Phase 3: Contractor Selection, Solar Installation
Review Proposal Bids and Choose Your Contractor
Generally there are two main components to assess when reviewing bidders’ proposals: responsiveness and responsibility. How well did the bidder address the scope of work you detailed in your RFP? How qualified is the bidder to perform the scope of work? While not essential, you may want to use a scoring matrix to determine the winning proposal.
There generally are two main components of an RFP to review: responsiveness and responsibility.
Responsiveness of a bidder is determined by how well they address the scope of work put forth in the RFP. For example, if the project calls for 5kWdc of solar production on the roof, then the proposal should include a design and price for a 5kWdc rooftop system. Please note that the system may be slightly less or more than the 5000 watts DC since solar panels come in various sizes and wattages (which change year to year) and the best fit and price for your system can only be determined by a detailed layout at the time. A contractor may propose something other than what has been detailed in the RFP, but it is up to each organization to determine if it would be in their best interest to consider a wide range of design proposals or limit responsiveness of a proposal to a narrowly defined scope. Only limit the scope if you are sure your RFP size and design is exactly what you need based on detailed analysis. Generally, it is a good idea to accept alternative proposals. For instance, a contractor may propose an alternate PV panel that produces less energy, but costs significantly less. It could be in your best financial interest to pick the alternative.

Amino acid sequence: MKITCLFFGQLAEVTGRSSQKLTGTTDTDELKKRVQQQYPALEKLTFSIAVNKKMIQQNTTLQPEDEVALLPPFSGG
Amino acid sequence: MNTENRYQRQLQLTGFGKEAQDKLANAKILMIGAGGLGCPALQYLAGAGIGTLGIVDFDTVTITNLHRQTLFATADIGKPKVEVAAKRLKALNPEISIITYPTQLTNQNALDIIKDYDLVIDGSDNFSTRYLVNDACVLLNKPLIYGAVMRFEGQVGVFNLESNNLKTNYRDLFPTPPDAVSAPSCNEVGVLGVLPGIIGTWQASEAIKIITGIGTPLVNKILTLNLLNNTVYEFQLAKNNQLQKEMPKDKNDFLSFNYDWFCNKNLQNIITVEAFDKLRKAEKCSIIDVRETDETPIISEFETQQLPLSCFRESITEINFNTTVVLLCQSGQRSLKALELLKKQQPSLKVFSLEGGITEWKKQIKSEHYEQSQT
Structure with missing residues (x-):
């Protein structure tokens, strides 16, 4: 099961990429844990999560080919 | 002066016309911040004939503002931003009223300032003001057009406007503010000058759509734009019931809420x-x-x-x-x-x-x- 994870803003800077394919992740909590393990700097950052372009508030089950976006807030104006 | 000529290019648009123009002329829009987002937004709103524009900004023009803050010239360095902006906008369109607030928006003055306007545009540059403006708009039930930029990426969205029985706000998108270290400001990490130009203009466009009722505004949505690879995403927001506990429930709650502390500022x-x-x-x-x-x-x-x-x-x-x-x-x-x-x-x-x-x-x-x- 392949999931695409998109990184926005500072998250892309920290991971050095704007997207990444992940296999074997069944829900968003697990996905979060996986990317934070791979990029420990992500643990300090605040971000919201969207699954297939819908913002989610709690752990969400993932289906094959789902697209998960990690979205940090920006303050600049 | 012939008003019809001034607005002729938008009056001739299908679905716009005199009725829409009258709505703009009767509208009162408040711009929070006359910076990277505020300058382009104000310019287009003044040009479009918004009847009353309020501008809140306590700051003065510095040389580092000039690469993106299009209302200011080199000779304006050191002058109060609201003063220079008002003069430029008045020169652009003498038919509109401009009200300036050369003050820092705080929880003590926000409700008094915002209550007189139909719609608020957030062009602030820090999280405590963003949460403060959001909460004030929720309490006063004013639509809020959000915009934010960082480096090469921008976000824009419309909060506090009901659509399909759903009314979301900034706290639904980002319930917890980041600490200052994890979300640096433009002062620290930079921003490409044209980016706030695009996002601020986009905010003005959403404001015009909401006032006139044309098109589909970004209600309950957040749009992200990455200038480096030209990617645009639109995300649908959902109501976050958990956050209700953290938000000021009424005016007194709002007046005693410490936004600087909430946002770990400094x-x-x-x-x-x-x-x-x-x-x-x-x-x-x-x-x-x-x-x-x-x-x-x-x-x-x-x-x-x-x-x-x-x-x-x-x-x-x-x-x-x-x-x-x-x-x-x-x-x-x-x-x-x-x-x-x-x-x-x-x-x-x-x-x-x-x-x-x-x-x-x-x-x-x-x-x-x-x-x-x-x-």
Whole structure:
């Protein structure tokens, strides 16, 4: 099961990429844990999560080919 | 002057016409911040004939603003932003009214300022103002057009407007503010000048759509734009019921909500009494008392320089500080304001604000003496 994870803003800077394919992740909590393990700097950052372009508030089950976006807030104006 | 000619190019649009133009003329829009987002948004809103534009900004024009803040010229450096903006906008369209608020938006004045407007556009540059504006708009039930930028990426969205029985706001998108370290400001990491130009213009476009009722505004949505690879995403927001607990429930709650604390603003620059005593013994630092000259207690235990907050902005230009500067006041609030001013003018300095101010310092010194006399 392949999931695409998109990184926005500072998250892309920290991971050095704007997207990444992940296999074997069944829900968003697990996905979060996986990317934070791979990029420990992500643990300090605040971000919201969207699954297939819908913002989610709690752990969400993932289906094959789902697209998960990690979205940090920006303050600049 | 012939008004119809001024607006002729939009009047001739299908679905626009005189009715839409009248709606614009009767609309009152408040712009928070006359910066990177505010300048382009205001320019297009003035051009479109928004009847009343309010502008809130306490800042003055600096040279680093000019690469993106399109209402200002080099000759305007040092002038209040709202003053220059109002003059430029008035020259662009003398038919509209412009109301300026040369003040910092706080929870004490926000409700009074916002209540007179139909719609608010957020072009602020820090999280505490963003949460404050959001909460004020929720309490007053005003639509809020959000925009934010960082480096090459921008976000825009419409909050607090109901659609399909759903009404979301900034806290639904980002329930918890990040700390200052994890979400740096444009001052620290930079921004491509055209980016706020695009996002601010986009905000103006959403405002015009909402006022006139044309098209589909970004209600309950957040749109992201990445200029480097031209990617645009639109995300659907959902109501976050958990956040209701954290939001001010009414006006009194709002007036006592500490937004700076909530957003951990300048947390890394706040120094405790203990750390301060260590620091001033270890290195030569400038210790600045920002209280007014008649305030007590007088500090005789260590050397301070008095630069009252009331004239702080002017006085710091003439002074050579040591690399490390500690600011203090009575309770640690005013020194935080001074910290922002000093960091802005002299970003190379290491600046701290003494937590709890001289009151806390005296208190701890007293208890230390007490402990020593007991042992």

Responsibility of a bidder is determined by how qualified they are to perform the scope of work. What qualifications the bidder must possess also are at the discretion of the organization. Basic qualifications are laid out in the sample RFP template, but additional qualifications might include whether or not the contractor is local, how many projects the contractor has completed before, references from past project owners, a contractor’s willingness to work with staff, how many years the contractor has been in business, how easy they are to get a hold of, etc. It is important that an organization determine the best value for its unique situation and goals.
Professional credentials are one indication of a PV installer’s knowledge and qualifications.
The North American Board of Certified Energy Practitioners (NABCEP) offers a well-respected voluntary certification program for PV installers.
Although it’s not essential, an organization may want to use a scoring matrix or criteria to determine the winning proposal. Keeping it vague means that subjective criteria can be used when choosing the contractor, but not having criteria may also make it difficult to choose a winner if there are several qualified responses.
Not all solar contractors will work with all financing mechanisms. For example, a contractor may focus on only purchases, and some may offer and/or specialize in solar leases and power purchase agreements (PPA). Some states do not allow PPAs. It will be important that the RFP describe any special requirements around financing that a contractor will need to be aware of or include in the proposal.